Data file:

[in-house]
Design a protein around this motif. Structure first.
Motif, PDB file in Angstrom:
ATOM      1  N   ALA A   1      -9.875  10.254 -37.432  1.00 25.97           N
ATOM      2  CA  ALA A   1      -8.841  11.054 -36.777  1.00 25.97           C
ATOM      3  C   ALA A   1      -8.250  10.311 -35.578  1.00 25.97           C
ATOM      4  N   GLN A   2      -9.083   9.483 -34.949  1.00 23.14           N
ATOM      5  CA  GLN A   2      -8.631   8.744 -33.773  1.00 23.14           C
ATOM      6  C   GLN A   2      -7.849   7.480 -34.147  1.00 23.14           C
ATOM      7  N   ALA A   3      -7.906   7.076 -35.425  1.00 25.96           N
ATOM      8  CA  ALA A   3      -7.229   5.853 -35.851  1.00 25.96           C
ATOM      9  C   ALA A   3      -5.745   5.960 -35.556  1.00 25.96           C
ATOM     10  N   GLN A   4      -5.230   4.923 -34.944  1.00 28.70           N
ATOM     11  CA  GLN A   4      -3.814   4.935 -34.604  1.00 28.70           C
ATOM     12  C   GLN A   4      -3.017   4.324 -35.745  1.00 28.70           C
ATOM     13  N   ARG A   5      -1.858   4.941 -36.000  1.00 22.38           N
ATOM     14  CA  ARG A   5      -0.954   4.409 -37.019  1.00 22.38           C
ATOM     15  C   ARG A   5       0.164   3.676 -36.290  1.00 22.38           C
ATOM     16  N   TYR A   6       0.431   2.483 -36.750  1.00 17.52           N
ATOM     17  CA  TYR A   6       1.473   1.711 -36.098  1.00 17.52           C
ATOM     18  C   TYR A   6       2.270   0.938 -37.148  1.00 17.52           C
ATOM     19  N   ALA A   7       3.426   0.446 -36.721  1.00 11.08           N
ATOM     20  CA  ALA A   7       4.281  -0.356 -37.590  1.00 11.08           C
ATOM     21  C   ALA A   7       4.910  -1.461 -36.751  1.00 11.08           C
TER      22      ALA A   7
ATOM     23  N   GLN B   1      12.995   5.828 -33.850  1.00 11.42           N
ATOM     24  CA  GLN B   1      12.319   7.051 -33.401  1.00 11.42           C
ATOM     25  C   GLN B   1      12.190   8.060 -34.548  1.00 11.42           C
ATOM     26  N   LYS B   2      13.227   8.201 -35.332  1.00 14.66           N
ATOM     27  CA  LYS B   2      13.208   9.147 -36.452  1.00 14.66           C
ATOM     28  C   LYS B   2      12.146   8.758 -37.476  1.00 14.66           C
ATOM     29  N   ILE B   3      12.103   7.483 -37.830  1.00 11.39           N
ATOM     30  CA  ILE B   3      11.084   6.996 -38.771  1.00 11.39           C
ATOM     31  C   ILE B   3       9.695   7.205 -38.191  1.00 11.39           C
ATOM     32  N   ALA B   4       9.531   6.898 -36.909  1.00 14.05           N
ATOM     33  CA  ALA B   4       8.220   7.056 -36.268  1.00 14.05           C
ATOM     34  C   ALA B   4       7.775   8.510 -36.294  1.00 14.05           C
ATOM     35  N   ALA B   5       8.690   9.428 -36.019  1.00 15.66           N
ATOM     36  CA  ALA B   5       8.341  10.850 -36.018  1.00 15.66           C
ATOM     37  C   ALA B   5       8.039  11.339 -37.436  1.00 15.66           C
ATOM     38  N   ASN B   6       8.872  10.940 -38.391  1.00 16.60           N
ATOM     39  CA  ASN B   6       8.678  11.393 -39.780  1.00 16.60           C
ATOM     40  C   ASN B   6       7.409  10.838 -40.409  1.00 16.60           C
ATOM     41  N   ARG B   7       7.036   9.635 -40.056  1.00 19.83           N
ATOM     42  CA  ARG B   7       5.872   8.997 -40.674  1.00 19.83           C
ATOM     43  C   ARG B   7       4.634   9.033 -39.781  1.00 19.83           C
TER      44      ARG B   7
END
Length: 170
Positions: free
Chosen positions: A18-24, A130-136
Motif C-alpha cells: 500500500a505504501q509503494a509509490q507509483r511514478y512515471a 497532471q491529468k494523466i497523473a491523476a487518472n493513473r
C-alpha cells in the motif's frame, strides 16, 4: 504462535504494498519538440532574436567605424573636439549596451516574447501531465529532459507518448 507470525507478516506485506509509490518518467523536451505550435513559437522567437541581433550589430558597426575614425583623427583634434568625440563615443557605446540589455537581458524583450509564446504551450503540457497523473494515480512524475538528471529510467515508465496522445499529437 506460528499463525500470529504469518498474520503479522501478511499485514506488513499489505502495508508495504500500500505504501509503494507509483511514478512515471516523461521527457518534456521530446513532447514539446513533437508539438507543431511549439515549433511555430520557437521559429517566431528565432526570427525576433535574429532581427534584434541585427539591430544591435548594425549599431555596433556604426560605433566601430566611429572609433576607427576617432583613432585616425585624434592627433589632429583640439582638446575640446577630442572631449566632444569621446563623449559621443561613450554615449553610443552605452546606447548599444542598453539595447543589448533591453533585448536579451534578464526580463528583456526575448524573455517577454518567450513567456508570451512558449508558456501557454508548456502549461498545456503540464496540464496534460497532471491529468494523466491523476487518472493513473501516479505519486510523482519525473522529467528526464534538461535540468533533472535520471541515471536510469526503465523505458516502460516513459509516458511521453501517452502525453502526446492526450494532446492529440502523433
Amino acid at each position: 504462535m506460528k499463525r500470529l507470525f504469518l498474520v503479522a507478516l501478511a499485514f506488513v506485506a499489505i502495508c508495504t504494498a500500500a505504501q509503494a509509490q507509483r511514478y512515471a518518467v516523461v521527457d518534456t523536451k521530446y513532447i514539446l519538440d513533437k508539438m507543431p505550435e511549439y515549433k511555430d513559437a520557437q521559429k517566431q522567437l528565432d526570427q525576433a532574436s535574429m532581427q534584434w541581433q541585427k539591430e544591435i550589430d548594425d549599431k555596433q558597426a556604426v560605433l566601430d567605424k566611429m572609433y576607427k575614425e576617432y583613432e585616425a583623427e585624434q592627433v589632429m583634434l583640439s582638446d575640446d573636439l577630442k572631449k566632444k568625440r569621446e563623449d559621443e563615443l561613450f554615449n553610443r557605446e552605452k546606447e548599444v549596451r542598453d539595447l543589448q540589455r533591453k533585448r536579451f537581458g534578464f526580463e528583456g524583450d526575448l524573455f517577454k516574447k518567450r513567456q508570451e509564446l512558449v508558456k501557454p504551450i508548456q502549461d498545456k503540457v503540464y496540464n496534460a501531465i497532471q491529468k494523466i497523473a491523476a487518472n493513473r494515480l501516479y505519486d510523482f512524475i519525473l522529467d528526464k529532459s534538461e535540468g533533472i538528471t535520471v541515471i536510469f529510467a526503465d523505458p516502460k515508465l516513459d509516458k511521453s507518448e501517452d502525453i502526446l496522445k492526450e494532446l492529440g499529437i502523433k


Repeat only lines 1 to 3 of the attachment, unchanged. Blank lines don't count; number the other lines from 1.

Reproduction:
[in-house]
Design a protein around this motif. Structure first.
Motif, PDB file in Angstrom: